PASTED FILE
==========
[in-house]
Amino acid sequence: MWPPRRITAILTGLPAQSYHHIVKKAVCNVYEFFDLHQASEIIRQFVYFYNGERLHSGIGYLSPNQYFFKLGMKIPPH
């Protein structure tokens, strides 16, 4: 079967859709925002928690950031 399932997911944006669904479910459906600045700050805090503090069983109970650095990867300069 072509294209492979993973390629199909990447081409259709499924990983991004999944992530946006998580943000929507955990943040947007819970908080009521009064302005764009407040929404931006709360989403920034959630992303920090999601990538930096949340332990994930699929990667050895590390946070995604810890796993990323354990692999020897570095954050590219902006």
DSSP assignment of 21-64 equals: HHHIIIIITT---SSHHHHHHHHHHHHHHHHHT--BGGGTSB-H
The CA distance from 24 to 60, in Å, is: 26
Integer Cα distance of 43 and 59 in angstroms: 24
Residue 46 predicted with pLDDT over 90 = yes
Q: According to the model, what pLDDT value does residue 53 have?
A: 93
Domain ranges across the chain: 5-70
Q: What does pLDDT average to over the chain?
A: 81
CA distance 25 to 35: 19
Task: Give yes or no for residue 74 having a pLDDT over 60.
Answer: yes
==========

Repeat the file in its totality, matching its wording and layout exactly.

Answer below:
[in-house]
Amino acid sequence: MWPPRRITAILTGLPAQSYHHIVKKAVCNVYEFFDLHQASEIIRQFVYFYNGERLHSGIGYLSPNQYFFKLGMKIPPH
């Protein structure tokens, strides 16, 4: 079967859709925002928690950031 399932997911944006669904479910459906600045700050805090503090069983109970650095990867300069 072509294209492979993973390629199909990447081409259709499924990983991004999944992530946006998580943000929507955990943040947007819970908080009521009064302005764009407040929404931006709360989403920034959630992303920090999601990538930096949340332990994930699929990667050895590390946070995604810890796993990323354990692999020897570095954050590219902006």
DSSP assignment of 21-64 equals: HHHIIIIITT---SSHHHHHHHHHHHHHHHHHT--BGGGTSB-H
The CA distance from 24 to 60, in Å, is: 26
Integer Cα distance of 43 and 59 in angstroms: 24
Residue 46 predicted with pLDDT over 90 = yes
Q: According to the model, what pLDDT value does residue 53 have?
A: 93
Domain ranges across the chain: 5-70
Q: What does pLDDT average to over the chain?
A: 81
CA distance 25 to 35: 19
Task: Give yes or no for residue 74 having a pLDDT over 60.
Answer: yes